No Will, Not Your way

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31 May 2019
Last year, 1 612 people died on South African roads.  Suppose you were one of them?

You had meant to finish your will, but you did not get around to it. Your spouse approaches the family attorneys to help finalize your estate, but receives the upsetting news:  There was no will!

Now, your estate must devolve via intestate succession and the consequences of this might not be what you intended.

Without a will you have no control over how your things will be divided up in the event of your death, so why leave it to the system. Make sure you have an updated will.

What happens if I die without a will?

If someone dies without a will in South Africa, his estate will be administered in terms of the Intestate Succession Act 81 of 1987. 'Intestate succession’ means that your property and money will be passed on according to blood relationships.   

 This is not always easy to understand. What it means is that your property and assets will be passed on in one of the following ways

  • If you had a spouse, but no children, your spouse will inherit everything.
  • If there is a spouse and children, your estate will be divided among them according to a specific formula. Your spouse will inherit R250 000 or a child’s share, whichever is greater.  This is best explained by an example. Say you had a wife and two children and your estate is worth R800 000. The amount is then divided by three (= R266 666).   Everyone will receive this amount – your wife gets a 'child's share' as the amount for each person is higher than R250 000. Alternatively, if your estate was only worth R500 000, your wife will get R250 000, and the rest will be divided among the children.
  • If there is no spouse or children, but there are parents, they will inherit your estate in equal shares.
  • If there is only one surviving parent they will inherit half of your estate and the other half of the estate will be inherited by the descendants of the deceased parent (your siblings). If there are no descendants of the deceased parent the full estate will pass to the surviving parent.
  • If there are no surviving parents, your estate will be divided among your brothers and sisters.  
  • Should there be no brothers and sisters:   Other blood relations will inherit nearest in degree, in equal shares.  (Nieces and nephews.)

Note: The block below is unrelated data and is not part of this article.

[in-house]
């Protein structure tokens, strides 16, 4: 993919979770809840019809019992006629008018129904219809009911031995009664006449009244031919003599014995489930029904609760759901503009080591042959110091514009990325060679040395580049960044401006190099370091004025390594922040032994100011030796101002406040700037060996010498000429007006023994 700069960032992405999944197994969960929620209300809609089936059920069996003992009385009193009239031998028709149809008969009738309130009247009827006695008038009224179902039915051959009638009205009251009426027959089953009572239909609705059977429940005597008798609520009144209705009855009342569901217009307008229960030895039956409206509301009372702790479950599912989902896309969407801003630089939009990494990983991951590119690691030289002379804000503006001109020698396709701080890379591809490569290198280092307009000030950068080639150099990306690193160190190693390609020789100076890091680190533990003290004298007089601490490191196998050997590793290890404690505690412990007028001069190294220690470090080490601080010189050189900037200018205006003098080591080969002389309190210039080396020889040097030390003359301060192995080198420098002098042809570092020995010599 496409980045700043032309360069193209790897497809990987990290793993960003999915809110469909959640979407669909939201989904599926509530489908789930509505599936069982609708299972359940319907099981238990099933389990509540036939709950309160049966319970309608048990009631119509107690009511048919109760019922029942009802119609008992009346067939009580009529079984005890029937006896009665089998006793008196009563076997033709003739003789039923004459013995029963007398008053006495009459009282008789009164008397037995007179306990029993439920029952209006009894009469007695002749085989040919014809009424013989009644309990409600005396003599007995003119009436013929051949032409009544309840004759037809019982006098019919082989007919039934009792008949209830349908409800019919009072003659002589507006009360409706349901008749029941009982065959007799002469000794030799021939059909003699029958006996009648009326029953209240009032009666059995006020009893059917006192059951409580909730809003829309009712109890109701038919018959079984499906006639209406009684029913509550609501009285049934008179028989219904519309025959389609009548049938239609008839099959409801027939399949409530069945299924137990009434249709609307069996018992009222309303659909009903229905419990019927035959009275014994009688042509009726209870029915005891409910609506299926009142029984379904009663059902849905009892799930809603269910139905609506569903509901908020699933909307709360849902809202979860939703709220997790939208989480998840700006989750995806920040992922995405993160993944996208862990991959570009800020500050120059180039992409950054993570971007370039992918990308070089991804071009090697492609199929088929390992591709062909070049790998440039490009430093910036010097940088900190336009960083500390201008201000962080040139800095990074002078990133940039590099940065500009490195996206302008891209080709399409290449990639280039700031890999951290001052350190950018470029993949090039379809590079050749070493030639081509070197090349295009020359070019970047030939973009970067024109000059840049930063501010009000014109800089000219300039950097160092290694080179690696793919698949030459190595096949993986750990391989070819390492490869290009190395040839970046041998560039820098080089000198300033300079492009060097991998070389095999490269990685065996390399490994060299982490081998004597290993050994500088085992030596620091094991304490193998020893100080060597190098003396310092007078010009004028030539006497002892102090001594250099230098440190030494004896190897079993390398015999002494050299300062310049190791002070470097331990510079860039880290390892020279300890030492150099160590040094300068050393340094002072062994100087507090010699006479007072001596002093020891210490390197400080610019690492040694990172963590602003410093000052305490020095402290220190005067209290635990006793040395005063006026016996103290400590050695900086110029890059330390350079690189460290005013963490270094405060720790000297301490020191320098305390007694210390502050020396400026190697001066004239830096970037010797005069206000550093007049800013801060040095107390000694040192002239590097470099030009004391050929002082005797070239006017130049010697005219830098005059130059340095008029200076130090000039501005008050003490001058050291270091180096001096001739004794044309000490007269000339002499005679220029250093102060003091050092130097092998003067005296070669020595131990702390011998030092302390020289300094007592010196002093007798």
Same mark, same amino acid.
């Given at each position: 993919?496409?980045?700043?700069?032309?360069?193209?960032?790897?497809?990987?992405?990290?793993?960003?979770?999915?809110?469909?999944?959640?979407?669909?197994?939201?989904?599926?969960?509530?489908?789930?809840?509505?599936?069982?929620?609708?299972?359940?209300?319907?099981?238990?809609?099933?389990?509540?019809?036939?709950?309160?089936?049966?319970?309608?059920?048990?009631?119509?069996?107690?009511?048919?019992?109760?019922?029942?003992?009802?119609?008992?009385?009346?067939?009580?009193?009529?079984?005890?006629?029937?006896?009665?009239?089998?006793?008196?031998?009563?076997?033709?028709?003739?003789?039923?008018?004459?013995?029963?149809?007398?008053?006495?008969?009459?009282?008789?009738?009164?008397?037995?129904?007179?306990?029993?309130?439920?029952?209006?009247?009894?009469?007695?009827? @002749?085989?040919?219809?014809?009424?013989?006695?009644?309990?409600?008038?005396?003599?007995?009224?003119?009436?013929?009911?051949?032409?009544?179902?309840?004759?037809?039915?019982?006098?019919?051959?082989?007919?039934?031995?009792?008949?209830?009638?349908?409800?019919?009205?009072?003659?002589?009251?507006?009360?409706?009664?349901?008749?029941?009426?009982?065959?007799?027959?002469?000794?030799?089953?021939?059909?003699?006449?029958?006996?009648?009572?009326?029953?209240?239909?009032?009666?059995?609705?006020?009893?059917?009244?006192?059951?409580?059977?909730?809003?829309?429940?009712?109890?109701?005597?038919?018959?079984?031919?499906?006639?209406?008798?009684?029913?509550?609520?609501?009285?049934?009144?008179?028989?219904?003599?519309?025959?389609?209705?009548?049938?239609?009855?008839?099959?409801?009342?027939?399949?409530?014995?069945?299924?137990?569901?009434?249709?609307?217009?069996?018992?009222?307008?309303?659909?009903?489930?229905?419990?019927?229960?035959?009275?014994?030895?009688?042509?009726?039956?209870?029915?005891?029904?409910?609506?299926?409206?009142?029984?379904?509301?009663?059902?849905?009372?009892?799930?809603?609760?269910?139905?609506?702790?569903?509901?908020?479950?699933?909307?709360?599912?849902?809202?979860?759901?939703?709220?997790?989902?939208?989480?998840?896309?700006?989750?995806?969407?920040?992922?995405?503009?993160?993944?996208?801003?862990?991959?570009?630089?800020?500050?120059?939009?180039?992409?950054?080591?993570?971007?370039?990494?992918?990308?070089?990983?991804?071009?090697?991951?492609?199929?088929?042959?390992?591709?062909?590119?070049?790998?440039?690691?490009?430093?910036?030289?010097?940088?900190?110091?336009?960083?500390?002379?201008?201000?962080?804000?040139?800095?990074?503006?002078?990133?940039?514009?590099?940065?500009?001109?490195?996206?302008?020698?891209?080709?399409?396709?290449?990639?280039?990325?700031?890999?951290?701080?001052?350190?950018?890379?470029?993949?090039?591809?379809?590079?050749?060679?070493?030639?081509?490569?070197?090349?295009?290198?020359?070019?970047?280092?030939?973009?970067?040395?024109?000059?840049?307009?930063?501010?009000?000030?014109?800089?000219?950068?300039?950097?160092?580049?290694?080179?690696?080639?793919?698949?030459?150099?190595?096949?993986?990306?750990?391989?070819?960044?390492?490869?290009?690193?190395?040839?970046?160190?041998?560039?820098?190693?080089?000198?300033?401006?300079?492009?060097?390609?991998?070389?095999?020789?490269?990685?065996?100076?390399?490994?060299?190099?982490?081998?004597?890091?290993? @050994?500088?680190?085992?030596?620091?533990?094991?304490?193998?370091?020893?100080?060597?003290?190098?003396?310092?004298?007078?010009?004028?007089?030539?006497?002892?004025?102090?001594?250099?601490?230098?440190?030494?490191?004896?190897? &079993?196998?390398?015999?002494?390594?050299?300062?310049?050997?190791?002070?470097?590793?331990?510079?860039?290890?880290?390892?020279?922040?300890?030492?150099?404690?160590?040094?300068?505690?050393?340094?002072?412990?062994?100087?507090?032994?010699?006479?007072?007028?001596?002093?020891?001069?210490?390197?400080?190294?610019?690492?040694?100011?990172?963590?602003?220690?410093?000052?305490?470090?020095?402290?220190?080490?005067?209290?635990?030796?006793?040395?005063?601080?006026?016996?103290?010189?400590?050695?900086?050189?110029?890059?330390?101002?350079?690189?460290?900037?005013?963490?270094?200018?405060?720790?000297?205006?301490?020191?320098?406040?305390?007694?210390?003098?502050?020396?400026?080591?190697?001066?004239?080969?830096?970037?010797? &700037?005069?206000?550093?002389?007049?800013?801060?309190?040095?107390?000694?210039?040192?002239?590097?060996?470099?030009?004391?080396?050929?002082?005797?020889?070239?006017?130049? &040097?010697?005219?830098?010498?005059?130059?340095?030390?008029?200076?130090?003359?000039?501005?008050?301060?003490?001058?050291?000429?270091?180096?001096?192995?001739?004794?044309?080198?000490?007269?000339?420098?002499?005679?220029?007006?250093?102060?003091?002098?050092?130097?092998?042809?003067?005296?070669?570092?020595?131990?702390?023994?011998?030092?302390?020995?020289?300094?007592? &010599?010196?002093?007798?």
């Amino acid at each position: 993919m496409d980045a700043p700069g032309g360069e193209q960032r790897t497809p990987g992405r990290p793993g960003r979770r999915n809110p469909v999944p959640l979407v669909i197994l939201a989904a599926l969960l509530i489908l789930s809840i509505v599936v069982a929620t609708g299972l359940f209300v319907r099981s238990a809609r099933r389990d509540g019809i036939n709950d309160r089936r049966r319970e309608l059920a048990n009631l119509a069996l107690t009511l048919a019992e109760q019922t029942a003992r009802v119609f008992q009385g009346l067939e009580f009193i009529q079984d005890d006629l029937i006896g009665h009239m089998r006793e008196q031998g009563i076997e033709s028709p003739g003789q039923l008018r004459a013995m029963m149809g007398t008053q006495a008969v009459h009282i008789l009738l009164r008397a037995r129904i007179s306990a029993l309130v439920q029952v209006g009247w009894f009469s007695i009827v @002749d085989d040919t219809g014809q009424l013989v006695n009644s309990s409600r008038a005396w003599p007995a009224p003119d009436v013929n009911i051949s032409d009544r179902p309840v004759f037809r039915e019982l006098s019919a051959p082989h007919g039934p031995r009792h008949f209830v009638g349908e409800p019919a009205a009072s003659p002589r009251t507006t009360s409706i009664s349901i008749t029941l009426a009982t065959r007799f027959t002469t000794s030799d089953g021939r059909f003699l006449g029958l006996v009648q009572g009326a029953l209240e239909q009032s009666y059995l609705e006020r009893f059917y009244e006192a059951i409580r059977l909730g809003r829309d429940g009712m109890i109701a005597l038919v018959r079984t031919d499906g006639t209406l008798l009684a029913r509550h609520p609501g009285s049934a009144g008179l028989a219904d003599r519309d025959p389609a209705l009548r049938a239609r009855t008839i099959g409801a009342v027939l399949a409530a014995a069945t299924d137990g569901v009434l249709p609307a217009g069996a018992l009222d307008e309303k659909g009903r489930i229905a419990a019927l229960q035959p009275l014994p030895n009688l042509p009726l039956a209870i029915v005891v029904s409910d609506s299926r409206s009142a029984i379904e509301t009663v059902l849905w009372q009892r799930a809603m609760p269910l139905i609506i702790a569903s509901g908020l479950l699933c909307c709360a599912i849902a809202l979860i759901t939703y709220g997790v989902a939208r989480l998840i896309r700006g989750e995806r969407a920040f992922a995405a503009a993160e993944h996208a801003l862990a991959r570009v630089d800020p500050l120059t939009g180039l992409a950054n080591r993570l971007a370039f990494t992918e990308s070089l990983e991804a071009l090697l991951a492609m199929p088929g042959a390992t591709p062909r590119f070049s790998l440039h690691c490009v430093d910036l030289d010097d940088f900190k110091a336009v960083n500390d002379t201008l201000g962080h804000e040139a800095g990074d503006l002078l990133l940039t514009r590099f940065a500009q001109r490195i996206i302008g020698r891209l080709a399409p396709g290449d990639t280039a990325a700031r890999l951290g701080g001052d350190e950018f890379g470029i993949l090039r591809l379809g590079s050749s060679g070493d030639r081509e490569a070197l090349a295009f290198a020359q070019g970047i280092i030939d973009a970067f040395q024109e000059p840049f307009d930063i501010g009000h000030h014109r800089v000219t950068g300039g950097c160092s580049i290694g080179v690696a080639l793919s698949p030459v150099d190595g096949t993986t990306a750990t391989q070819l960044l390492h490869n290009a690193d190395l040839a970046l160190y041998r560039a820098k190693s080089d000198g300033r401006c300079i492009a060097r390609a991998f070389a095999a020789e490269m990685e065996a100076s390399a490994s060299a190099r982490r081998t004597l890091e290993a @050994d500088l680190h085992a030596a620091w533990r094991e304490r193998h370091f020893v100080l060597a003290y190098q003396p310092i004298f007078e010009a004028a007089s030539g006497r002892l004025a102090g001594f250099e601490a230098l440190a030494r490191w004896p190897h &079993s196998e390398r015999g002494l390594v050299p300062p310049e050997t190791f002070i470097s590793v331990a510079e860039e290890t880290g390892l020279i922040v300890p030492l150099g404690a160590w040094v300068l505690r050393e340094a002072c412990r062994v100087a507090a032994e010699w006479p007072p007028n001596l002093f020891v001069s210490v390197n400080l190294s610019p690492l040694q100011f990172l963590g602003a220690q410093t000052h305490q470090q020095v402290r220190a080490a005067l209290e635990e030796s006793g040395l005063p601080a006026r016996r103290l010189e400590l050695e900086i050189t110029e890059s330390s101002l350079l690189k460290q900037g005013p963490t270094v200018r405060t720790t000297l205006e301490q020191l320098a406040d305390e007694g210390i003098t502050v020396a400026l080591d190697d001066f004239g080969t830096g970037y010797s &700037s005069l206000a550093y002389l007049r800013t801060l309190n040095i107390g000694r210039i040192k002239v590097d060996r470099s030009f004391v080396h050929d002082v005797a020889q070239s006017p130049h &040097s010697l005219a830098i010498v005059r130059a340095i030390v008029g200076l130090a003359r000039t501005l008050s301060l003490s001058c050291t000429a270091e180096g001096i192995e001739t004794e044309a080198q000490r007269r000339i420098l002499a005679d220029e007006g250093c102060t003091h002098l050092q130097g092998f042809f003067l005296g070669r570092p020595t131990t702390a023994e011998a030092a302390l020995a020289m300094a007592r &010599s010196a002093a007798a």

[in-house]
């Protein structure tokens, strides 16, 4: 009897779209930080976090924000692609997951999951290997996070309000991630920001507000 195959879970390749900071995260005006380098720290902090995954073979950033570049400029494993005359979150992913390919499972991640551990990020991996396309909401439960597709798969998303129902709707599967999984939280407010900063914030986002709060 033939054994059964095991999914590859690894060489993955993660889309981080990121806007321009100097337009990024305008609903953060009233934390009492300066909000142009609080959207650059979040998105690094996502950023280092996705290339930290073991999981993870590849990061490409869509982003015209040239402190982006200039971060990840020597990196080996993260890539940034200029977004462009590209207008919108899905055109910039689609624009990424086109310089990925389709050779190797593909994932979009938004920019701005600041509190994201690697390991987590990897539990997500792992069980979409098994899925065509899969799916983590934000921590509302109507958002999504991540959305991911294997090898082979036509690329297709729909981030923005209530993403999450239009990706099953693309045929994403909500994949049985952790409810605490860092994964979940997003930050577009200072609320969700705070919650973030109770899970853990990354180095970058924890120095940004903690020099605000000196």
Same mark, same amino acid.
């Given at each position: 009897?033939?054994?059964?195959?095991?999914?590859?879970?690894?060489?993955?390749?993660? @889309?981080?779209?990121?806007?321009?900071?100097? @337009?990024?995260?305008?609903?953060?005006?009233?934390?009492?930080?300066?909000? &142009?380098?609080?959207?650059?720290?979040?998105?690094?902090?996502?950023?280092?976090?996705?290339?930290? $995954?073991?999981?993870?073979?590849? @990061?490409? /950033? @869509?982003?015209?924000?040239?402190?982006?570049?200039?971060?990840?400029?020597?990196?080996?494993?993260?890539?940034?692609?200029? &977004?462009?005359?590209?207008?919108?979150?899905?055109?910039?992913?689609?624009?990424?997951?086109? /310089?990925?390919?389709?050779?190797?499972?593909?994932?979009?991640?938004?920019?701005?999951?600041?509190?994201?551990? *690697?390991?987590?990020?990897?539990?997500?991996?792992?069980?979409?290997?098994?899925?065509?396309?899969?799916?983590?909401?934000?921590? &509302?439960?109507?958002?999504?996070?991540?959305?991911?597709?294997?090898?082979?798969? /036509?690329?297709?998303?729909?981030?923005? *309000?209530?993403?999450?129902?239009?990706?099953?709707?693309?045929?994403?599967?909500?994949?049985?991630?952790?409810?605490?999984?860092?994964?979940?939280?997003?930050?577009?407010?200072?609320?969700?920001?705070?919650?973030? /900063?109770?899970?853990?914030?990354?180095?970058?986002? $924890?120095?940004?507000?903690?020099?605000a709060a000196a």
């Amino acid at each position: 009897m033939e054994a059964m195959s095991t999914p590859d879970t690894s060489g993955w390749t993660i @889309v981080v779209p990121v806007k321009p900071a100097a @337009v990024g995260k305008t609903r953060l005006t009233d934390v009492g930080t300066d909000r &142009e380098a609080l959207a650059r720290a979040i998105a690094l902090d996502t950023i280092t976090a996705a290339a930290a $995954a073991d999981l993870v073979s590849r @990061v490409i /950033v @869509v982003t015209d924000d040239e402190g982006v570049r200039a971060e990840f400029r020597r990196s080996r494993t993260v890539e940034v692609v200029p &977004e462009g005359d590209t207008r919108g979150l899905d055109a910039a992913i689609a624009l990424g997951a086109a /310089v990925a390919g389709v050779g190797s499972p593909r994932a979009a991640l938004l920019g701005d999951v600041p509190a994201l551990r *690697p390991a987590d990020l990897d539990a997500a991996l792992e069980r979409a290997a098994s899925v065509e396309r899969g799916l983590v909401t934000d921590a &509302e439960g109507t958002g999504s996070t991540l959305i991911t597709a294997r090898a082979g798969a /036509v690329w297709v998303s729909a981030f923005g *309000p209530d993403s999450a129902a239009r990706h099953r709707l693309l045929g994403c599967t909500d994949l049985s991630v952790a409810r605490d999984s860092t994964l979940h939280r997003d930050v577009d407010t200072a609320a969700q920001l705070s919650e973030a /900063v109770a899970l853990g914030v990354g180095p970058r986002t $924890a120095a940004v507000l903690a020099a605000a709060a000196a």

• In the event of the deceased having no relatives, the estate will be forfeited to the state after 30 years if no legitimate heir comes forward.  
What are the advantages of having a will?

You choose who you want to inherit – you have control

The most important advantage of having a will is the fact that you can select your beneficiaries.  The selection need not be only family. Anyone can be named in a will.  Anyone can be excluded too.  

You want to leave a friend or charity some money

You can bequest a specific amount to a friend or even to a charity.  On the other hand, if you die intestate, only your blood relatives will get a fixed and identical portion each of the total estate.

You can protect your beneficiaries

In choosing to have a will, you can protect ultimate beneficiaries.   For example, you can nominate a guardian to care for your minor children or create a testamentary trust for them.

Cost implications

If you have a will, you can also choose to employ estate duty savings which will be lost without a will.   Without a will, there will also be additional costs to your estate in the form of legal fees, income tax or VAT.  

 Why don’t people have wills?   

 Most people know they need a will but can’t find the time to have one drawn up. They don’t know how to draw one up themselves and are reluctant to fork out R1000’s. So they keep putting it off.

On the other hand, some people draw up their own wills without any input from a professional.  

This could be risky, as you might inadvertently draw up a document that is unclear, confusing and perhaps invalid.

 Is there an alternative?

The global village and the Internet has changed our world. Technology has made it possible to invest and manage all your affairs online and also makes it possible to create your personalized will online anywhere at any time.

Where there’s a will – there’s your way, don’t leave it to someone else to decide!

OUTvest firmly believes that a solid, updated will is a vital component of a good financial plan. As such we are considering offering an online solution to support our clients with a facility to draft their own wills.

But before we make this decision we need your thoughts. If you have 20 seconds please click here and let us know if this is something you would use.   

 

The views expressed in the article above reflect the views of the guest author only and do not represent the views or advice of OUTvest. Please ensure that you seek proper financial guidance before implementing any financial plan.
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